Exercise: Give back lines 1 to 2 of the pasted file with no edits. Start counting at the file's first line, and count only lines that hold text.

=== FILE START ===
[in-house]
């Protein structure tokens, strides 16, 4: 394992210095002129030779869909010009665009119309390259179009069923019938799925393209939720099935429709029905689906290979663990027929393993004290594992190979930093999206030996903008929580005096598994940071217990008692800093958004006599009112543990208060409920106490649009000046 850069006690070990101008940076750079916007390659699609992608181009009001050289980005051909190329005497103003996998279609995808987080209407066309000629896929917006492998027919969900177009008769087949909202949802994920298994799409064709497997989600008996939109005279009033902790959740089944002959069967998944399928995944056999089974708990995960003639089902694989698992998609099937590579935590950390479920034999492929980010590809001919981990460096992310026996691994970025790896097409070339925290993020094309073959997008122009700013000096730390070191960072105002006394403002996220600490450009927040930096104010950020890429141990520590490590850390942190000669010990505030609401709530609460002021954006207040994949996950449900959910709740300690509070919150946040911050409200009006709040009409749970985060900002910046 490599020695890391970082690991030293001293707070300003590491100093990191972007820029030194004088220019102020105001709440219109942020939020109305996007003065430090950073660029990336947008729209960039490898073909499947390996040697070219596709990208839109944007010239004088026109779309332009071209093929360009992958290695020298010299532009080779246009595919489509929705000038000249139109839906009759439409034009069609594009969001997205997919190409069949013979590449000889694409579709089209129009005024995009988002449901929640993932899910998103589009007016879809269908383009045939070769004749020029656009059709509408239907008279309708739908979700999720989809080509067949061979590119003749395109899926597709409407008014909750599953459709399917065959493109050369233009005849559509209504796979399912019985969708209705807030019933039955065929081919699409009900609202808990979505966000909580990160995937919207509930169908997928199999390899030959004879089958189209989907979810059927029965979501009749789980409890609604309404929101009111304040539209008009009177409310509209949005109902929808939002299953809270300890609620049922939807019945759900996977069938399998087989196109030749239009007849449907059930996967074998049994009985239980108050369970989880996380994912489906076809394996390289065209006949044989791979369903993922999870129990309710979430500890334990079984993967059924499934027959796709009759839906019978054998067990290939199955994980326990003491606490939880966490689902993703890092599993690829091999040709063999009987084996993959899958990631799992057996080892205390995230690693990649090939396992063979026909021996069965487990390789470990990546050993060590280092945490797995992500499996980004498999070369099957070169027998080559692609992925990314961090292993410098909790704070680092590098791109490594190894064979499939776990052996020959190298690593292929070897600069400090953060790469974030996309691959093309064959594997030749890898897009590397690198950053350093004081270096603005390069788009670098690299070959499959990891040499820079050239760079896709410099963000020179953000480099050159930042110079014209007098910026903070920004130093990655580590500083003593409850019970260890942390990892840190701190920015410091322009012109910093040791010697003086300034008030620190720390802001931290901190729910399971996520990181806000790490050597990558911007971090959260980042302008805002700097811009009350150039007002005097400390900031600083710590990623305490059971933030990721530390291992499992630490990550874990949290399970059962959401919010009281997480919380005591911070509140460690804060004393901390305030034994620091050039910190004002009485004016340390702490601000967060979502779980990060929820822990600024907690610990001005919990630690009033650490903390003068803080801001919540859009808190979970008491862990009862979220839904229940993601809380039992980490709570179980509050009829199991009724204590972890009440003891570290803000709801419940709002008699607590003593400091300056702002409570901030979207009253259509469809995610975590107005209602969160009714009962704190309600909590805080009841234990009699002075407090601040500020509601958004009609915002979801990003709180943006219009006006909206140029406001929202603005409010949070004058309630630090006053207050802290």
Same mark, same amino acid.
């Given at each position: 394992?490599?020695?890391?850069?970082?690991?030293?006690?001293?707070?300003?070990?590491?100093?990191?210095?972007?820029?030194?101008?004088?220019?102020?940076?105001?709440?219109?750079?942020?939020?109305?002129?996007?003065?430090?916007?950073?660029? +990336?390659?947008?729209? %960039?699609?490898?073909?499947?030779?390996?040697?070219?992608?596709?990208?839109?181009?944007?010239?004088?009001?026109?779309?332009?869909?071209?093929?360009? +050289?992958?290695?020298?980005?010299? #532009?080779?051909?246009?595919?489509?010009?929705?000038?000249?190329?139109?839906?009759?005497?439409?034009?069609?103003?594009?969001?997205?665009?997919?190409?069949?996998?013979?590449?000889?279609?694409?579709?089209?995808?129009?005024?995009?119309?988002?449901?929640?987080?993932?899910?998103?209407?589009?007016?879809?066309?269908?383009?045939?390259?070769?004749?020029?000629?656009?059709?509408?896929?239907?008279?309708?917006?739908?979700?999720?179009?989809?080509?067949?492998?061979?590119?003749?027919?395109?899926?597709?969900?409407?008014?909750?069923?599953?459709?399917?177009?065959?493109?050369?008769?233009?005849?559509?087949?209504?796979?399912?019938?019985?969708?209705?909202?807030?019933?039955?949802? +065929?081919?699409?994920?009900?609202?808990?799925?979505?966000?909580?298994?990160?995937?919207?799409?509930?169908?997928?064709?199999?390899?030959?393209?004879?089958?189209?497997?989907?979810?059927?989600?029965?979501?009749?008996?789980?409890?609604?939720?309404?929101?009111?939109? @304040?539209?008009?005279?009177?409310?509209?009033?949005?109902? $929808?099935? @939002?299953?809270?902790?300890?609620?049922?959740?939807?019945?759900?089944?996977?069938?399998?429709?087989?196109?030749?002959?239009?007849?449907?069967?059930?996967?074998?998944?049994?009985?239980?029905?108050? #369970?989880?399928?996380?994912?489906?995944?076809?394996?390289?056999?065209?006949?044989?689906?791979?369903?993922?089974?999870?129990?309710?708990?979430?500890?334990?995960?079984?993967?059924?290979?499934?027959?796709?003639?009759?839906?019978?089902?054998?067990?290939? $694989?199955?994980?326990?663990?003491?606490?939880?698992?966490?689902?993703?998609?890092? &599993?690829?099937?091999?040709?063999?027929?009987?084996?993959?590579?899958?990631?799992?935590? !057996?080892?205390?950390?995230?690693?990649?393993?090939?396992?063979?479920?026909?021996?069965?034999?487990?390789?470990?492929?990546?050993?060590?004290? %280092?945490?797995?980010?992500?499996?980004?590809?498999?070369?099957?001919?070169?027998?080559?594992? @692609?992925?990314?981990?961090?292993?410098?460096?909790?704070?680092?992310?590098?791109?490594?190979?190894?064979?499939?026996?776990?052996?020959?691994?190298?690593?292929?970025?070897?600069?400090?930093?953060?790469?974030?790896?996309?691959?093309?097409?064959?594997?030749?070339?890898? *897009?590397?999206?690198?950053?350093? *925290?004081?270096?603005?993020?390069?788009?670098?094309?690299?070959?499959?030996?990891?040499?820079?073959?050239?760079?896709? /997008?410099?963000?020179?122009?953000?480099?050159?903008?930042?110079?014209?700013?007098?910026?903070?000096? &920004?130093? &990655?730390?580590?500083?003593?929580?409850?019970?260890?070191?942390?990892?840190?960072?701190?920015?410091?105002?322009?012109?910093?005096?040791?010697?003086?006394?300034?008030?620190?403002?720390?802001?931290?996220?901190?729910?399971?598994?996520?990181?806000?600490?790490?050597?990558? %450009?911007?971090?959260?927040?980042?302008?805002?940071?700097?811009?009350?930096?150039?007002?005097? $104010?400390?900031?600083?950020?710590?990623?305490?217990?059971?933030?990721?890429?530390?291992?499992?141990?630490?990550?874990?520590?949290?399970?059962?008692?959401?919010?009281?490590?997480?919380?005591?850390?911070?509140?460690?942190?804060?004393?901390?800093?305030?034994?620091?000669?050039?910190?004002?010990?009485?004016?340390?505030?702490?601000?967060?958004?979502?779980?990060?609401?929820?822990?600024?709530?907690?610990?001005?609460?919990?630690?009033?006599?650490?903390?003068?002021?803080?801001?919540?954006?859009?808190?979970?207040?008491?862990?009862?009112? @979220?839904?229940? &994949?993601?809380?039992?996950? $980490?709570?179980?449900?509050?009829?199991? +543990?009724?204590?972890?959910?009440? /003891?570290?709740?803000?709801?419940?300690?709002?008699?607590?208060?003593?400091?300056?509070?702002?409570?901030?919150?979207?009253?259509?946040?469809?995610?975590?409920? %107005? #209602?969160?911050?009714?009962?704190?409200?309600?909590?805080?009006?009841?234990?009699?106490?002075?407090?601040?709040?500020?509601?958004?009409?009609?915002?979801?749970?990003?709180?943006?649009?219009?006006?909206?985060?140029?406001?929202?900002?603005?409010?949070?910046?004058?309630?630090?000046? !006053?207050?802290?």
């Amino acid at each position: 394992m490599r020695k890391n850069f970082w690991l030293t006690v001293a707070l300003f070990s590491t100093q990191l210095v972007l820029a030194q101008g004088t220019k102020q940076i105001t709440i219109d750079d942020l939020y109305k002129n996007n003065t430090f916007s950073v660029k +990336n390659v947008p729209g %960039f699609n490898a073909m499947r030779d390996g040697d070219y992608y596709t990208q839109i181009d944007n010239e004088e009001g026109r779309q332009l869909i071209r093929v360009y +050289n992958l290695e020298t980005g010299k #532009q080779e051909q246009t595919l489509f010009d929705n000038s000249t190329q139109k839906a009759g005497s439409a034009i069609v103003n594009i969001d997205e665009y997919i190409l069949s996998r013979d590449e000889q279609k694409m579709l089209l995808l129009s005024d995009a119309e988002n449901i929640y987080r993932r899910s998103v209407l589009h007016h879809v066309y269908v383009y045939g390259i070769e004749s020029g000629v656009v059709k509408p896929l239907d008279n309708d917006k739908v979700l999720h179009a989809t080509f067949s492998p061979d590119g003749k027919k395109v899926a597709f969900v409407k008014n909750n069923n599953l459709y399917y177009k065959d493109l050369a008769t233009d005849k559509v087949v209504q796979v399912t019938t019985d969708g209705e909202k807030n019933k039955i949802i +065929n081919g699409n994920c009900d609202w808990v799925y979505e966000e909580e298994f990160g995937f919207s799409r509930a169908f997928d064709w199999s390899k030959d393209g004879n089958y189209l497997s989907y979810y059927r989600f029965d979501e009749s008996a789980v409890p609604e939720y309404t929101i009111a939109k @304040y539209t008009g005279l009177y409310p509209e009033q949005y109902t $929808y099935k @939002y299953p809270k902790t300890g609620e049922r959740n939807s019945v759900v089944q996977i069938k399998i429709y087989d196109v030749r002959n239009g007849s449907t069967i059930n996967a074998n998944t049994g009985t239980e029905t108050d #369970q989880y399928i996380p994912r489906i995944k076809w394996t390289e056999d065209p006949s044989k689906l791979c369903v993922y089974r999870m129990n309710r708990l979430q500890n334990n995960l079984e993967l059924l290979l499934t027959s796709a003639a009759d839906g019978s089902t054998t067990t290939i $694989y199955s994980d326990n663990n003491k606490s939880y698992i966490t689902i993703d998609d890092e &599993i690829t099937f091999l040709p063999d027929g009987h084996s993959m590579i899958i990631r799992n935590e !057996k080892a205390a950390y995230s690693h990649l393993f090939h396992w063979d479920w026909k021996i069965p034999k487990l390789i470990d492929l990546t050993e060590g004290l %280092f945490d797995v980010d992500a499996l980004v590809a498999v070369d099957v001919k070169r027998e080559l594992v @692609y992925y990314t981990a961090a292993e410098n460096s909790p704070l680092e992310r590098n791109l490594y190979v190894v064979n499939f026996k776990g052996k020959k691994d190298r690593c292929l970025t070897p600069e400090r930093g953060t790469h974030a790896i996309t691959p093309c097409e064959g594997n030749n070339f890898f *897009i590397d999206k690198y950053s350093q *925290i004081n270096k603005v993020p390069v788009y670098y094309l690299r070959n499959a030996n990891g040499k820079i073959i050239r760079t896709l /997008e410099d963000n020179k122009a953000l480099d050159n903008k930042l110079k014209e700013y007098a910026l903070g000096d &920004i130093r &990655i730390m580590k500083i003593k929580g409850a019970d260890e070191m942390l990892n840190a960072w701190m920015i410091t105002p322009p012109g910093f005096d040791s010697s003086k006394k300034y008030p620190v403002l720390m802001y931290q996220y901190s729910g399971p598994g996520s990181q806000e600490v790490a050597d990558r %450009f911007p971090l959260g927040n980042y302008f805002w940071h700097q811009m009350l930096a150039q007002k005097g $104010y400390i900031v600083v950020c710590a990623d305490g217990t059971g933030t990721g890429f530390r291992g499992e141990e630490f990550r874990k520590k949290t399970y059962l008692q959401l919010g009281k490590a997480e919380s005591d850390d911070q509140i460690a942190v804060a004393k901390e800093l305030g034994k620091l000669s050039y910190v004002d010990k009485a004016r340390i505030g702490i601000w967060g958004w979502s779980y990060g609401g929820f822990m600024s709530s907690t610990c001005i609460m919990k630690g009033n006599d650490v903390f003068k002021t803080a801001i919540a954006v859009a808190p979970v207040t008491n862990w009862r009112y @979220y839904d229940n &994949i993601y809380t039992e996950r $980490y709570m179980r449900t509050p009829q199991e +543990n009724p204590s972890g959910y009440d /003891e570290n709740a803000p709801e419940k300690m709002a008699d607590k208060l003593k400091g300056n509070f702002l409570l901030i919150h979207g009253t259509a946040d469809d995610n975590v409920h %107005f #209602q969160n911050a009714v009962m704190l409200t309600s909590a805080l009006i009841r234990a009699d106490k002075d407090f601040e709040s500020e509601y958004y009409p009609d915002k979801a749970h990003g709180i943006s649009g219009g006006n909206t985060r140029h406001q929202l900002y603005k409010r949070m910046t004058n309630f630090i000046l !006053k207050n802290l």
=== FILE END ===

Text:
[in-house]
């Protein structure tokens, strides 16, 4: 394992210095002129030779869909010009665009119309390259179009069923019938799925393209939720099935429709029905689906290979663990027929393993004290594992190979930093999206030996903008929580005096598994940071217990008692800093958004006599009112543990208060409920106490649009000046 850069006690070990101008940076750079916007390659699609992608181009009001050289980005051909190329005497103003996998279609995808987080209407066309000629896929917006492998027919969900177009008769087949909202949802994920298994799409064709497997989600008996939109005279009033902790959740089944002959069967998944399928995944056999089974708990995960003639089902694989698992998609099937590579935590950390479920034999492929980010590809001919981990460096992310026996691994970025790896097409070339925290993020094309073959997008122009700013000096730390070191960072105002006394403002996220600490450009927040930096104010950020890429141990520590490590850390942190000669010990505030609401709530609460002021954006207040994949996950449900959910709740300690509070919150946040911050409200009006709040009409749970985060900002910046 490599020695890391970082690991030293001293707070300003590491100093990191972007820029030194004088220019102020105001709440219109942020939020109305996007003065430090950073660029990336947008729209960039490898073909499947390996040697070219596709990208839109944007010239004088026109779309332009071209093929360009992958290695020298010299532009080779246009595919489509929705000038000249139109839906009759439409034009069609594009969001997205997919190409069949013979590449000889694409579709089209129009005024995009988002449901929640993932899910998103589009007016879809269908383009045939070769004749020029656009059709509408239907008279309708739908979700999720989809080509067949061979590119003749395109899926597709409407008014909750599953459709399917065959493109050369233009005849559509209504796979399912019985969708209705807030019933039955065929081919699409009900609202808990979505966000909580990160995937919207509930169908997928199999390899030959004879089958189209989907979810059927029965979501009749789980409890609604309404929101009111304040539209008009009177409310509209949005109902929808939002299953809270300890609620049922939807019945759900996977069938399998087989196109030749239009007849449907059930996967074998049994009985239980108050369970989880996380994912489906076809394996390289065209006949044989791979369903993922999870129990309710979430500890334990079984993967059924499934027959796709009759839906019978054998067990290939199955994980326990003491606490939880966490689902993703890092599993690829091999040709063999009987084996993959899958990631799992057996080892205390995230690693990649090939396992063979026909021996069965487990390789470990990546050993060590280092945490797995992500499996980004498999070369099957070169027998080559692609992925990314961090292993410098909790704070680092590098791109490594190894064979499939776990052996020959190298690593292929070897600069400090953060790469974030996309691959093309064959594997030749890898897009590397690198950053350093004081270096603005390069788009670098690299070959499959990891040499820079050239760079896709410099963000020179953000480099050159930042110079014209007098910026903070920004130093990655580590500083003593409850019970260890942390990892840190701190920015410091322009012109910093040791010697003086300034008030620190720390802001931290901190729910399971996520990181806000790490050597990558911007971090959260980042302008805002700097811009009350150039007002005097400390900031600083710590990623305490059971933030990721530390291992499992630490990550874990949290399970059962959401919010009281997480919380005591911070509140460690804060004393901390305030034994620091050039910190004002009485004016340390702490601000967060979502779980990060929820822990600024907690610990001005919990630690009033650490903390003068803080801001919540859009808190979970008491862990009862979220839904229940993601809380039992980490709570179980509050009829199991009724204590972890009440003891570290803000709801419940709002008699607590003593400091300056702002409570901030979207009253259509469809995610975590107005209602969160009714009962704190309600909590805080009841234990009699002075407090601040500020509601958004009609915002979801990003709180943006219009006006909206140029406001929202603005409010949070004058309630630090006053207050802290």